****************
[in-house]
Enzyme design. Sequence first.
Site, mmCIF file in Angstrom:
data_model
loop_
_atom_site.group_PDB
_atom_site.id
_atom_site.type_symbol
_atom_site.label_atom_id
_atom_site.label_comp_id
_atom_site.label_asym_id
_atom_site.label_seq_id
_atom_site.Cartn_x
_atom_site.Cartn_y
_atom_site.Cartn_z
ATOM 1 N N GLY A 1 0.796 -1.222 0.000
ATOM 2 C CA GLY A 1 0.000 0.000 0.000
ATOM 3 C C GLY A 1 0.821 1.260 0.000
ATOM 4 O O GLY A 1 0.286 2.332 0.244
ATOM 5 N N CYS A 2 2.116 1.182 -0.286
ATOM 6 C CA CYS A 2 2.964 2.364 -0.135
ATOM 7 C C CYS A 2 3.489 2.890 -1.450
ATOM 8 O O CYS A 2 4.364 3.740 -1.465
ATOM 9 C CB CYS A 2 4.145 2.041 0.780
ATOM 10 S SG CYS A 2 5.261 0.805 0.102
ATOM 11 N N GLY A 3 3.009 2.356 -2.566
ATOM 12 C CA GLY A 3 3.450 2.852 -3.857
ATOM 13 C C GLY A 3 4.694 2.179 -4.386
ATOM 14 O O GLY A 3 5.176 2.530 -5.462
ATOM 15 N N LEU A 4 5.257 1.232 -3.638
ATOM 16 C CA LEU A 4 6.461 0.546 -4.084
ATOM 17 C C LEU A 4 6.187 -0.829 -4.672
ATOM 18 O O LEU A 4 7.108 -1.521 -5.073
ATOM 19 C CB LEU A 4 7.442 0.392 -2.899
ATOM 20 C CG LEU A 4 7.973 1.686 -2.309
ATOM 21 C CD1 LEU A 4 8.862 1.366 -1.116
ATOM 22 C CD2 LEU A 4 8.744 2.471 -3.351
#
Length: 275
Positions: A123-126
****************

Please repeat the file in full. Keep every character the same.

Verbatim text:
[in-house]
Enzyme design. Sequence first.
Site, mmCIF file in Angstrom:
data_model
loop_
_atom_site.group_PDB
_atom_site.id
_atom_site.type_symbol
_atom_site.label_atom_id
_atom_site.label_comp_id
_atom_site.label_asym_id
_atom_site.label_seq_id
_atom_site.Cartn_x
_atom_site.Cartn_y
_atom_site.Cartn_z
ATOM 1 N N GLY A 1 0.796 -1.222 0.000
ATOM 2 C CA GLY A 1 0.000 0.000 0.000
ATOM 3 C C GLY A 1 0.821 1.260 0.000
ATOM 4 O O GLY A 1 0.286 2.332 0.244
ATOM 5 N N CYS A 2 2.116 1.182 -0.286
ATOM 6 C CA CYS A 2 2.964 2.364 -0.135
ATOM 7 C C CYS A 2 3.489 2.890 -1.450
ATOM 8 O O CYS A 2 4.364 3.740 -1.465
ATOM 9 C CB CYS A 2 4.145 2.041 0.780
ATOM 10 S SG CYS A 2 5.261 0.805 0.102
ATOM 11 N N GLY A 3 3.009 2.356 -2.566
ATOM 12 C CA GLY A 3 3.450 2.852 -3.857
ATOM 13 C C GLY A 3 4.694 2.179 -4.386
ATOM 14 O O GLY A 3 5.176 2.530 -5.462
ATOM 15 N N LEU A 4 5.257 1.232 -3.638
ATOM 16 C CA LEU A 4 6.461 0.546 -4.084
ATOM 17 C C LEU A 4 6.187 -0.829 -4.672
ATOM 18 O O LEU A 4 7.108 -1.521 -5.073
ATOM 19 C CB LEU A 4 7.442 0.392 -2.899
ATOM 20 C CG LEU A 4 7.973 1.686 -2.309
ATOM 21 C CD1 LEU A 4 8.862 1.366 -1.116
ATOM 22 C CD2 LEU A 4 8.744 2.471 -3.351
#
Length: 275
Positions: A123-126